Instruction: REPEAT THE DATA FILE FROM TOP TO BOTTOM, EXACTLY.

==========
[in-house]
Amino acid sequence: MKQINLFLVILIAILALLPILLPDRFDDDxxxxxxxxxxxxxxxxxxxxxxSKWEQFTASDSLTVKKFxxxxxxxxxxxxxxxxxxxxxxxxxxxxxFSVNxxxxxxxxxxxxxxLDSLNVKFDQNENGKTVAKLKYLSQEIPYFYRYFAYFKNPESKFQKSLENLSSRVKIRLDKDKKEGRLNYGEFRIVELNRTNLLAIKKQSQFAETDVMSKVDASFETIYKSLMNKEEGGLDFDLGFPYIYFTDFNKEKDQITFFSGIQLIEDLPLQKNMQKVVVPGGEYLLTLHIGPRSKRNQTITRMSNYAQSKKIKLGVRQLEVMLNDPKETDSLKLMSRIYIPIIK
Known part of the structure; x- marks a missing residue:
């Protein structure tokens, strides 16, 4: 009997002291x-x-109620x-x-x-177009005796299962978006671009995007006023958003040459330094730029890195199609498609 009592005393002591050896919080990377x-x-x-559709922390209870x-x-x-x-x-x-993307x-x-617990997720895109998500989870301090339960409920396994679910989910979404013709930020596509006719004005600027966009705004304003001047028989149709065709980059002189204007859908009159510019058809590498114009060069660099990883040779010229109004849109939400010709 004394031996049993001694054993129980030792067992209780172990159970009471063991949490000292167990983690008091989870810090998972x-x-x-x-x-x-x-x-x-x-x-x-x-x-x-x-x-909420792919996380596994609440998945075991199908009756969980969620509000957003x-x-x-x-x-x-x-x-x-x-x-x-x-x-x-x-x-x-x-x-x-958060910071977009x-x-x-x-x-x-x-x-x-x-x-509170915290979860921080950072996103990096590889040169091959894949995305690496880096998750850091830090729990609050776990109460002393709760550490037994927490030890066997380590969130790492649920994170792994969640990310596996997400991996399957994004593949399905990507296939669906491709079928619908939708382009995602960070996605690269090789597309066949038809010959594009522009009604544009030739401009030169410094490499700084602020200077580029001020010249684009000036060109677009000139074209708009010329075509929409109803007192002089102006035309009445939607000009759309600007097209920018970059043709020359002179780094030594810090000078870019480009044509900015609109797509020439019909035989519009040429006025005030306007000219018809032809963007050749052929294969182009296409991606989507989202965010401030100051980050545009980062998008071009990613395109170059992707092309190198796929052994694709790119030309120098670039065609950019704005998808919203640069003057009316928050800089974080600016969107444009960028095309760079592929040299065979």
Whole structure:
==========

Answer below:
[in-house]
Amino acid sequence: MKQINLFLVILIAILALLPILLPDRFDDDxxxxxxxxxxxxxxxxxxxxxxSKWEQFTASDSLTVKKFxxxxxxxxxxxxxxxxxxxxxxxxxxxxxFSVNxxxxxxxxxxxxxxLDSLNVKFDQNENGKTVAKLKYLSQEIPYFYRYFAYFKNPESKFQKSLENLSSRVKIRLDKDKKEGRLNYGEFRIVELNRTNLLAIKKQSQFAETDVMSKVDASFETIYKSLMNKEEGGLDFDLGFPYIYFTDFNKEKDQITFFSGIQLIEDLPLQKNMQKVVVPGGEYLLTLHIGPRSKRNQTITRMSNYAQSKKIKLGVRQLEVMLNDPKETDSLKLMSRIYIPIIK
Known part of the structure; x- marks a missing residue:
């Protein structure tokens, strides 16, 4: 009997002291x-x-109620x-x-x-177009005796299962978006671009995007006023958003040459330094730029890195199609498609 009592005393002591050896919080990377x-x-x-559709922390209870x-x-x-x-x-x-993307x-x-617990997720895109998500989870301090339960409920396994679910989910979404013709930020596509006719004005600027966009705004304003001047028989149709065709980059002189204007859908009159510019058809590498114009060069660099990883040779010229109004849109939400010709 004394031996049993001694054993129980030792067992209780172990159970009471063991949490000292167990983690008091989870810090998972x-x-x-x-x-x-x-x-x-x-x-x-x-x-x-x-x-909420792919996380596994609440998945075991199908009756969980969620509000957003x-x-x-x-x-x-x-x-x-x-x-x-x-x-x-x-x-x-x-x-x-958060910071977009x-x-x-x-x-x-x-x-x-x-x-509170915290979860921080950072996103990096590889040169091959894949995305690496880096998750850091830090729990609050776990109460002393709760550490037994927490030890066997380590969130790492649920994170792994969640990310596996997400991996399957994004593949399905990507296939669906491709079928619908939708382009995602960070996605690269090789597309066949038809010959594009522009009604544009030739401009030169410094490499700084602020200077580029001020010249684009000036060109677009000139074209708009010329075509929409109803007192002089102006035309009445939607000009759309600007097209920018970059043709020359002179780094030594810090000078870019480009044509900015609109797509020439019909035989519009040429006025005030306007000219018809032809963007050749052929294969182009296409991606989507989202965010401030100051980050545009980062998008071009990613395109170059992707092309190198796929052994694709790119030309120098670039065609950019704005998808919203640069003057009316928050800089974080600016969107444009960028095309760079592929040299065979």
Whole structure: